I must say on a positive note that I found myself surprisingly endeared by Meeko the second time we watched it – the first time, I felt flabbergasted by how the animals were so shoehorned in and how many times they interrupted the action – the second time, I was aware of this and was able to see the merits in how well animated he was. They’re still shoehorned and bizarrely interrupt the flow, but at least he’s amusing.
I do personally prefer the efforts and results of underdog Team B’s film to Team A. It is a better and more realised film. Both Teams A and B wound up being inspired by Shakespeare in the development of their films – Pocahontas probably could have followed Shakespeare a little more closely for some guidance, especially since they were so keen on doing a Romeo and Juliet story. Also it was impossible not to compare Pocahontas to Moana, but it did cross my mind a lot – namely in the ‘Could Pocahontas have worked if Pocahontas were a young girl, like the real historical figure and slightly closer to Moana in age?’ I don’t know, but it certainly would have been a very different film. Both ended with this emphasis on peace, but in the climax of the latter film, I had tears in my eyes, and when watching the former, I didn’t …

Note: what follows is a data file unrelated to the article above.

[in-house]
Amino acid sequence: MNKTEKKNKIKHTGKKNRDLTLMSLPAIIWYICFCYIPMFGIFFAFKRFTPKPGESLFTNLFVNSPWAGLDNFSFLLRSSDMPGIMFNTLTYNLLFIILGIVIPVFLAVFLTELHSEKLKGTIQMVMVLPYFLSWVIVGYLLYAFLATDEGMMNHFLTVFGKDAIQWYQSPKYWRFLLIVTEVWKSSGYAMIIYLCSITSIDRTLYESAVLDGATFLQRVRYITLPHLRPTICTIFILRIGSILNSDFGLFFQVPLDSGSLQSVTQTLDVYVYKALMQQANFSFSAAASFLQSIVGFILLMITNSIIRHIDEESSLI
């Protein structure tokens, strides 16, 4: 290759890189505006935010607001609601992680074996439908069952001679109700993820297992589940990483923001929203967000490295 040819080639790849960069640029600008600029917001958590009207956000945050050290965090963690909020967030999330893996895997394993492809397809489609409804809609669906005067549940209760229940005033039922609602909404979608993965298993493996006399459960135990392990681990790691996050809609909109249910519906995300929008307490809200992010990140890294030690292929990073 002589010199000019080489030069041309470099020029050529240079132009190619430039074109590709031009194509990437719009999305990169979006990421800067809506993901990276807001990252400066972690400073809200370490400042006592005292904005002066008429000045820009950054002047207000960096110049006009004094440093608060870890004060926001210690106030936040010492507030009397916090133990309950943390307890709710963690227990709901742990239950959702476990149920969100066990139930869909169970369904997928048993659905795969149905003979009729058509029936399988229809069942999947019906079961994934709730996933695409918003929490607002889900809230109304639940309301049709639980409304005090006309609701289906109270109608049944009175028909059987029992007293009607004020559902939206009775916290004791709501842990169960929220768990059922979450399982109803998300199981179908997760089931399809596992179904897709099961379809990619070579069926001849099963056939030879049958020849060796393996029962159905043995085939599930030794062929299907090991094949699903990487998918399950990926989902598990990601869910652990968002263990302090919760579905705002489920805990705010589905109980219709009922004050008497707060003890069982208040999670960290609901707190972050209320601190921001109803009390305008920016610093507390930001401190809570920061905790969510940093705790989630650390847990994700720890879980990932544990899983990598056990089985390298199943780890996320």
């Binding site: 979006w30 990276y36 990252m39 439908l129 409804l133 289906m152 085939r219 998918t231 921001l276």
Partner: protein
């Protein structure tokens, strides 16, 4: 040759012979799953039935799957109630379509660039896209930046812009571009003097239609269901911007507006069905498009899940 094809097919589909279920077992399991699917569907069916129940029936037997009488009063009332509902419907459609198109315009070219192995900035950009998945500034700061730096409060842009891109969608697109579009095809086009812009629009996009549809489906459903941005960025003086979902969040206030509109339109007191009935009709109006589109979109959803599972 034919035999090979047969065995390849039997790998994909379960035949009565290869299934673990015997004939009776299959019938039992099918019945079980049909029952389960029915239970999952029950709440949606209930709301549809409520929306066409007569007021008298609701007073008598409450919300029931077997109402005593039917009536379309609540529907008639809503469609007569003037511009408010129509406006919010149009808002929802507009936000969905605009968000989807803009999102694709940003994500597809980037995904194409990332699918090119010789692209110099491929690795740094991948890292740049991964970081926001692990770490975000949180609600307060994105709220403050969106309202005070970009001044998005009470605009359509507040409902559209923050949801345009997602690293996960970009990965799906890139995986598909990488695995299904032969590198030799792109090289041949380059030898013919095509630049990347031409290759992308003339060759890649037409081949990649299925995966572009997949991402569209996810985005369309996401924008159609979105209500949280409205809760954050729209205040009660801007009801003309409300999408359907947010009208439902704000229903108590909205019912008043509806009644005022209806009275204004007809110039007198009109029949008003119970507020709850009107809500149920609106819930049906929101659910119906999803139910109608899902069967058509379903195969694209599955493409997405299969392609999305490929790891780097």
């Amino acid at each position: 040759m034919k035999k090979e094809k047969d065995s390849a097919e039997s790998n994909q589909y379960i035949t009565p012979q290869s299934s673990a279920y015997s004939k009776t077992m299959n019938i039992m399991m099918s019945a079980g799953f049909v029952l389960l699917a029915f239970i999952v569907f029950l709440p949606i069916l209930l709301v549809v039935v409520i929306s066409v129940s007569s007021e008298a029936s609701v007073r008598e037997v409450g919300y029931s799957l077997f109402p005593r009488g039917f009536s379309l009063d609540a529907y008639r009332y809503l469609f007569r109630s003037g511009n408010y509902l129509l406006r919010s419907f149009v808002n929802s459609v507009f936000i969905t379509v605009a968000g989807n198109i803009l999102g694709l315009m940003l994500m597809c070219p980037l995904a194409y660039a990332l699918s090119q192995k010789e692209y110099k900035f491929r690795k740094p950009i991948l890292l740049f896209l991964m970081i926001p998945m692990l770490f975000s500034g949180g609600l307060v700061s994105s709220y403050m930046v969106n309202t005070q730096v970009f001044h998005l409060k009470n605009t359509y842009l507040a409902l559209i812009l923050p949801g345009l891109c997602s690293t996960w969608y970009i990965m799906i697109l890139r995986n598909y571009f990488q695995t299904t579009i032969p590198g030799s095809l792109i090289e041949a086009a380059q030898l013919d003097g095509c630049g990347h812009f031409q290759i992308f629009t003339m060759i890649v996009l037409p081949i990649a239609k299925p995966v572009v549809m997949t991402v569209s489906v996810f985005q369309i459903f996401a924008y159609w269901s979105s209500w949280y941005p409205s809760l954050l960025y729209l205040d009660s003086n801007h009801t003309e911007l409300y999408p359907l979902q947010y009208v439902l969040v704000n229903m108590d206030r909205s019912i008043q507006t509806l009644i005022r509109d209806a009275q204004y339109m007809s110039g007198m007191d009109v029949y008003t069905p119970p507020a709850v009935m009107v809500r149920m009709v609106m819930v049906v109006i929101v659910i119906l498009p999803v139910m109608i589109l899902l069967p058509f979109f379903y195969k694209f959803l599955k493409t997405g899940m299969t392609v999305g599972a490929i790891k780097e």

For me, Pocahontas‘s best qualities are its beautiful backgrounds, elements of the score and songs, Meeko (even though he’s a complete interruption, I love that adorable hair-plaiting biscuit-nibbling raccoon) and the moral point that they were trying to make of peace over conflict. They took a risk in tackling a real historical figure. I admire Disney for trying but they shot themselves in the foot, as it goes between trying hard to be respectful and trying hard to be entertaining (and awards-worthy) that it ended up a hodgepodge of a film. To make matters worse, executive interference clearly reared its ugly head and too many people were making decisions on too many things. I’ll do a bake-off analogy – There were too many cooks and either someone left the Pocahontas cake out in the rain, or they threw it in a huff in the bin like the infamous baked Alaska and then had to present it to the panel. Or to be kinder, it is beautifully decorated on the outside, but when taking a bite, it leaves a bland taste in your mouth – that is Pocahontas.